Features and Analysis

NFV and SDN need OSS to take off

Network functions virtualization (NFV) and software-defined networking (SDN) clearly have the potential to revolutionize network operators’ businesses. A market research report from ACG Research released last month forecasts that the market for SDN software will be worth 20 percent of the entire opportunity at stake with service providers by 2018. But don’t be fooled into thinking that we don’t have a very long way to go with implementing the technology.

In our latest Quick Insights report, NFV: How will it impact OSS?, Rob Rich, Managing Director, Insights Research at TM Forum offers a glimpse of the heavy-duty Business and Operational Support System (BSS/OSS) transformation that needs to take place for NFV and SDN to take off. Rob’s report confirms what I’ve been writing about since I did my first piece on SDN controllers for Heavy Reading back in December 2012: There is no way to realize the promise of virtualization and software-defined networking unless interfaces between management and orchestration systems are defined. In short, there can be no NFV or SDN without BSS/OSS.

In an SDN environment, there have to be northbound connections between the SDN controller and BSS/OSS applications and there also have to be what I’ve always called ‘east-west’ connections between the orchestration systems managing the SDN and the BSS/OSS apps. Those east-west connections are critical for an application such as energy management where a service provider wants to automatically turn equipment off and on based on time of day, for example.

There has been some progress in this area, but there needs to be much more. The Open Networking Foundation has started a working group to define northbound APIs for SDN, and the Open Daylight project has created a northbound API to enable its SDN controller to work with the OpenStack cloud orchestration system. TM Forum also has begun work in this area with a new program focused on NFV and SDN.

Industry veteran Tom Nolle, President, CIMI Corp., and Founder and Chief Architect of CloudNFV, an industry consortium working on an early NFV proof-of-concept project, does an excellent job of explaining the relationship between virtualization and BSS/OSS in a recent blog: “SDN and NFV are both drivers of change because they change the nature of how services are built,” he writes. “In general the dynamism introduced to both resources and services by the notion of ‘virtualization’ puts a lot of stress on a system designed to support humans connecting boxes, which was of course the root of OSS/BSS. These are combining to push OSS/BSS toward what is often called…a more ‘event-driven’ model.”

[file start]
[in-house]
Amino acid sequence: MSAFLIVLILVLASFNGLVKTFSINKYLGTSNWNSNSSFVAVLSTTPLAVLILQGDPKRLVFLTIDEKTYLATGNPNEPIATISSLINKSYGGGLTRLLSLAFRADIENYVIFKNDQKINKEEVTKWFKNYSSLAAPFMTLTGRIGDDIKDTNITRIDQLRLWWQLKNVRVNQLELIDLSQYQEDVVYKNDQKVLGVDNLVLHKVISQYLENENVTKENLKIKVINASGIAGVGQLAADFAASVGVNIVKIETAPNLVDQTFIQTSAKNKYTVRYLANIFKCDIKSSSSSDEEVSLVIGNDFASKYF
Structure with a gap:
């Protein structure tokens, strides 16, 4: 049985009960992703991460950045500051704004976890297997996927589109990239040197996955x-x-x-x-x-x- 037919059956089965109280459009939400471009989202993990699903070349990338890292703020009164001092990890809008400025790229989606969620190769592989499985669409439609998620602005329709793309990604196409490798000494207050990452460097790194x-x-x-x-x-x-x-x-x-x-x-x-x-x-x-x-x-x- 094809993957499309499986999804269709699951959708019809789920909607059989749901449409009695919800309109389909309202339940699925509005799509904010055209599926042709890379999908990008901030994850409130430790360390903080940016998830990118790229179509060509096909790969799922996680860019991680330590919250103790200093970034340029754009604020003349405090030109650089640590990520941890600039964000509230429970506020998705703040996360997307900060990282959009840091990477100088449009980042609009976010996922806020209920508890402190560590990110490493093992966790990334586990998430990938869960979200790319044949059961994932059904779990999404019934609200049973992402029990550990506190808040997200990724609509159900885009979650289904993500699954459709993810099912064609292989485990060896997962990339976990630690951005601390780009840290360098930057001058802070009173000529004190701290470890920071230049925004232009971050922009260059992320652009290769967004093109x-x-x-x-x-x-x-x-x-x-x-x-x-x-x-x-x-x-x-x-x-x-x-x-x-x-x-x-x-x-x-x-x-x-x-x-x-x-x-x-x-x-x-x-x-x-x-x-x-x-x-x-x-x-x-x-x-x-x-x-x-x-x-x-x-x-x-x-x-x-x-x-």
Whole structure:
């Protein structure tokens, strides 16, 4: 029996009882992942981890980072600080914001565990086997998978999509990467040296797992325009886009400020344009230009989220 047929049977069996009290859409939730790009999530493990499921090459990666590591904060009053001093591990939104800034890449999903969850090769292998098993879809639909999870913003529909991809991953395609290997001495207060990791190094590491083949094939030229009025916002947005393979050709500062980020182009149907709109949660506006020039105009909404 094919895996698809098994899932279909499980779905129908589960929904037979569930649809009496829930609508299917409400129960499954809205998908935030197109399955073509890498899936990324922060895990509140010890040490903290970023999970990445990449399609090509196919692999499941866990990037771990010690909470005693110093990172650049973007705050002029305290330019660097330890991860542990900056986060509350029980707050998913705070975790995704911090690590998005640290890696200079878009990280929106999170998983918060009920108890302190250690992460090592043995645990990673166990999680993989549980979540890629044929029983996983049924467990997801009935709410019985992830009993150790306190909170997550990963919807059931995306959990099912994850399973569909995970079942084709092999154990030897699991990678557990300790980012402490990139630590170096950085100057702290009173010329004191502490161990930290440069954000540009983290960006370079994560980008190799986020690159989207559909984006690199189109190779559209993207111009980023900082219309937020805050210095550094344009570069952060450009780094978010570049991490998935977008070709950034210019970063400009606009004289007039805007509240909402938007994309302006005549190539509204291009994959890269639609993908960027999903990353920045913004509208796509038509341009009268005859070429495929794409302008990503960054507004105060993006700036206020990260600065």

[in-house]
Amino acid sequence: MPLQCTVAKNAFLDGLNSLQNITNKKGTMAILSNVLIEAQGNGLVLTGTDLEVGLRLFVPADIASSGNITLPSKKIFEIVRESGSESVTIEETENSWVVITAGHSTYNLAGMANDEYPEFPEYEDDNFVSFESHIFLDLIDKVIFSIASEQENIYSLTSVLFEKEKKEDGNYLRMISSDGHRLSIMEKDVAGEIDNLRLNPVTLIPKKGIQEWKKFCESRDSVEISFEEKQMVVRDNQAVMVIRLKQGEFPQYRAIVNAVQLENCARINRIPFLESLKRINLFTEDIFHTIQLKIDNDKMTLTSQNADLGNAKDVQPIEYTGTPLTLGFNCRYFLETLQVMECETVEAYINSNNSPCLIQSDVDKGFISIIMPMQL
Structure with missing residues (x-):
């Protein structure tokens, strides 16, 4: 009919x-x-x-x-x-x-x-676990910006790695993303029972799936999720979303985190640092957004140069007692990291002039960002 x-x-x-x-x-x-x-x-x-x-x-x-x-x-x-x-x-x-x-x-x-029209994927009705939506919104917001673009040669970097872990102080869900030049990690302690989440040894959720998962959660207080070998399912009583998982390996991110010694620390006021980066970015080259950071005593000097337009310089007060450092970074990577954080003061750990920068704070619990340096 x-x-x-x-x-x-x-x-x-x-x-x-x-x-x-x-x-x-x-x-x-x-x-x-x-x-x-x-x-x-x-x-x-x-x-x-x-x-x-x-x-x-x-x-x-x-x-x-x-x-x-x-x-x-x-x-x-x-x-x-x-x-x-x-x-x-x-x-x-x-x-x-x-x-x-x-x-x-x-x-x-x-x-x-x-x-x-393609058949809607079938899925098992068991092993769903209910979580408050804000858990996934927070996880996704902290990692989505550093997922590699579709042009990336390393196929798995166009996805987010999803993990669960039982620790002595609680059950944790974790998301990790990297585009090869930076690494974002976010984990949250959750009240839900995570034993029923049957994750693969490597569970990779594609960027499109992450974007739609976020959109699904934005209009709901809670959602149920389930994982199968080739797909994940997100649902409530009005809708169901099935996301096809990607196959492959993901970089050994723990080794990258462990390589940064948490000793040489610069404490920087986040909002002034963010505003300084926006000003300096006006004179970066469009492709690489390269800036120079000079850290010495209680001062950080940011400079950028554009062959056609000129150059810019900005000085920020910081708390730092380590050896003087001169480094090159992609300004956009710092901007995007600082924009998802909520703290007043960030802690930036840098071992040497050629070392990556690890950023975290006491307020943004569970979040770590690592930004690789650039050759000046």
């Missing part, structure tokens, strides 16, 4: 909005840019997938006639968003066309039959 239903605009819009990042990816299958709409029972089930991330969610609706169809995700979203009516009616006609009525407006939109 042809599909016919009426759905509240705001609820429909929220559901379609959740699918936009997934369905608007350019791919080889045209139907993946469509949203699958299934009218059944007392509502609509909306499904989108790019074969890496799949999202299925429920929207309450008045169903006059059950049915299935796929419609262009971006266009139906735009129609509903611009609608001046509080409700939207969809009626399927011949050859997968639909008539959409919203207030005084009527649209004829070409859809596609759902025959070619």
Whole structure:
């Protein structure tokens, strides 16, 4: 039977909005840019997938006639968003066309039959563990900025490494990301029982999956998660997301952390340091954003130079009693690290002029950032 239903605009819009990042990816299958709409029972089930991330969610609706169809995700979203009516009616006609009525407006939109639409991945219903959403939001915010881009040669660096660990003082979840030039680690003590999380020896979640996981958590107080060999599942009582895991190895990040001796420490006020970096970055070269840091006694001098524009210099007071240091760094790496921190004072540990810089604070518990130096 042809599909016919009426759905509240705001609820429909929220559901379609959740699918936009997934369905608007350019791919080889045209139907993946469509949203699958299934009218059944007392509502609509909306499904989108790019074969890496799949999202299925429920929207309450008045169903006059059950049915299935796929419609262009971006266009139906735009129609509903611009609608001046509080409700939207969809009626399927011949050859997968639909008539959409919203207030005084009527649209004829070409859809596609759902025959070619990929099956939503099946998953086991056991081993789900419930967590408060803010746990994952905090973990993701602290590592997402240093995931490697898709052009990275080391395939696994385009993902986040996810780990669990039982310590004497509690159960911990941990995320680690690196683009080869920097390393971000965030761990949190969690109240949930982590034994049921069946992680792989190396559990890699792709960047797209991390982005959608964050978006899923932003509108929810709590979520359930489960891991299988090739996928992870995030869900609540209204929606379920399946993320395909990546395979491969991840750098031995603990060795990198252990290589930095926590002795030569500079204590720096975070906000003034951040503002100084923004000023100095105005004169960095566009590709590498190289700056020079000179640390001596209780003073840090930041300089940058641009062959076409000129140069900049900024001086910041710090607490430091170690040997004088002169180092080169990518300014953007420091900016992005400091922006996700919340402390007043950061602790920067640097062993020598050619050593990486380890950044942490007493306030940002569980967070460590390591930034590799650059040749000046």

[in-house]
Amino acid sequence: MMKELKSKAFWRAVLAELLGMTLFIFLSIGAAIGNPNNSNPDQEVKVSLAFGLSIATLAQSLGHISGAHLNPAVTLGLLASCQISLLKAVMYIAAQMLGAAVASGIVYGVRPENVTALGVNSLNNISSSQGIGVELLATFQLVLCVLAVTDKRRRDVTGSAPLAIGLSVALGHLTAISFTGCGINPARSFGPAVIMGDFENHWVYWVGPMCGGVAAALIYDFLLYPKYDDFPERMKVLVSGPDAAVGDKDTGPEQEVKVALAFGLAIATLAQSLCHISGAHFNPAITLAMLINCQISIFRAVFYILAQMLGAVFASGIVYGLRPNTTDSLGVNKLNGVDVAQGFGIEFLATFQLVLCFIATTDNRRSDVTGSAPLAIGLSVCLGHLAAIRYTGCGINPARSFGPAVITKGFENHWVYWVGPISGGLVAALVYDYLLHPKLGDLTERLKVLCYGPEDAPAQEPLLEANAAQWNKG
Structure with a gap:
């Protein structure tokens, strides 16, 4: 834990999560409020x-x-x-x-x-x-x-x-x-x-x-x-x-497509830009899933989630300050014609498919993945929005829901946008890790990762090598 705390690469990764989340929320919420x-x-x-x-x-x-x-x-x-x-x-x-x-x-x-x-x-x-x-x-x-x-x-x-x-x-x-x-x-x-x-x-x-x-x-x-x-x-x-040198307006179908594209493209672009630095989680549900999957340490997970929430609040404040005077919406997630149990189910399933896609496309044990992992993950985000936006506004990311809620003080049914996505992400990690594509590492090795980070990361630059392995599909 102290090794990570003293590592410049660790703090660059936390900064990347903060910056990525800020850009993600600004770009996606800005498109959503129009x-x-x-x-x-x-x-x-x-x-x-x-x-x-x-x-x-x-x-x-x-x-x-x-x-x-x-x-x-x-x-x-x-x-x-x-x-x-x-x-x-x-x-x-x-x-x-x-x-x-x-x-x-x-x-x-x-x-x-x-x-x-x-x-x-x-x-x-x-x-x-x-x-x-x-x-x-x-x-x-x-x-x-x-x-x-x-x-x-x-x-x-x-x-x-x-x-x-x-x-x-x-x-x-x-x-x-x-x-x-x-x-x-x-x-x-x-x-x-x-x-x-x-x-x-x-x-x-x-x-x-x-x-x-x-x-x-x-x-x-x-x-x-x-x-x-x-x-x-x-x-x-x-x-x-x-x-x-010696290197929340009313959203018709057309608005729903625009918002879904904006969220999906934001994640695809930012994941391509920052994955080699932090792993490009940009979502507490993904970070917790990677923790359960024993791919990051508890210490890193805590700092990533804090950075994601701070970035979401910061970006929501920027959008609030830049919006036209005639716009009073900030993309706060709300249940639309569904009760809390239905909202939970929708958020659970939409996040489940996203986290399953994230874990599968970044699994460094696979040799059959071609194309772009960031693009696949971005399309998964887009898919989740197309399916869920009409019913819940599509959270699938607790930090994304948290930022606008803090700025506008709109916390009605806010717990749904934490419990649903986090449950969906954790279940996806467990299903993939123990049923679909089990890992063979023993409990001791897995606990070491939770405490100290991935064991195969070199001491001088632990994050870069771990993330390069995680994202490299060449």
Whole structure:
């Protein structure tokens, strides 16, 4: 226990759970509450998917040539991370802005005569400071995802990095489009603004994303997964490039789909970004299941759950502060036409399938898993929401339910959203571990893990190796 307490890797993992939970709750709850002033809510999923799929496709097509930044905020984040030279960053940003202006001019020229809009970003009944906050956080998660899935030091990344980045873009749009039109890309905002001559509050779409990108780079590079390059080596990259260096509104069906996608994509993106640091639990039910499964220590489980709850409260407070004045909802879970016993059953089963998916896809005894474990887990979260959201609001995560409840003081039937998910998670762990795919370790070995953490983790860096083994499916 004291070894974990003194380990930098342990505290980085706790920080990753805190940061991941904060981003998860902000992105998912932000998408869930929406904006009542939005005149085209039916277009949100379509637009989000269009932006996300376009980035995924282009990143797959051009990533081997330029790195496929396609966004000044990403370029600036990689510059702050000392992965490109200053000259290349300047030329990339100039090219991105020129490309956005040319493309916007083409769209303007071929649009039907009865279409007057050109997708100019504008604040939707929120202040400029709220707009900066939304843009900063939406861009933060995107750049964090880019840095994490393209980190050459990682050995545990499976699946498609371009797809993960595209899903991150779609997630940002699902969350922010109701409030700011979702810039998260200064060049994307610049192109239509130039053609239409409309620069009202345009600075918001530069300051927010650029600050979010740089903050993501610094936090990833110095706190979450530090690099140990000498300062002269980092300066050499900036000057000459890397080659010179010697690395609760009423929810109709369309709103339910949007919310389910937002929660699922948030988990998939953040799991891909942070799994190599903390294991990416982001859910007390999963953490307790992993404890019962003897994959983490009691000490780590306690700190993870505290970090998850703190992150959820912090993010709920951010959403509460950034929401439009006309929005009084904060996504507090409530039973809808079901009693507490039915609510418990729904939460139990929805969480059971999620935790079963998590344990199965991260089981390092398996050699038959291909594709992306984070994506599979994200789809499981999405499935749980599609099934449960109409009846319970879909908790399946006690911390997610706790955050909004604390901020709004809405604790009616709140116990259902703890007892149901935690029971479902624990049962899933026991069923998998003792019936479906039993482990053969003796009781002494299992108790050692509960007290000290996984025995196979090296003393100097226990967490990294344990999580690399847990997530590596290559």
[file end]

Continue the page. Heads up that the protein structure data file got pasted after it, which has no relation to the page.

Nolle has based the framework architecture for CloudNFV on TM Forum’s Information Framework (formerly known as SID and formally known as GB942; it is an important element of Frameworx, the Forum’s standards-based suite of tools and best practices), which he says offers a model for next-generation service orchestration. “Down under the covers, the problem that GB942 is trying to solve is the problem of context or state,” he writes. “A flow of processes means work is moved sequentially from one to another – like a chain of in- and out-boxes. When you shift to event processing you have to be able to establish context before you can process an event. That’s what GB942 is about – you insert a data/metadata model to describe process relationships and the data part of the model carries your parameters and state/context information.”

Reinventing the wheel is rarely a good move, and CloudNFV’s work using Frameworx as a reference model may, indeed, prove that it isn’t necessary in this case. It certainly will be interesting to see what comes out of the proof-of-concept project. We need to see many more projects like it to advance NFV and SDN.

TM Forum is working to define Catalyst projects in this area, so if you are a member and are interested in participating, please contact Ken Dilbeck, Vice President, Strategic Programs, at [email protected].



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About The Author

VP, Collaborative R&D

Ken has been involved in the telecommunication Industry for over 30 years and deeply involved in the TM Forum Collaboration program for over 10 years. He has been involved implementing and developing a broad range of OSS systems, from billing systems to element management systems, wireless and wireline. He was one of the co-founders of OSS/J and involved in settings it technical direction.

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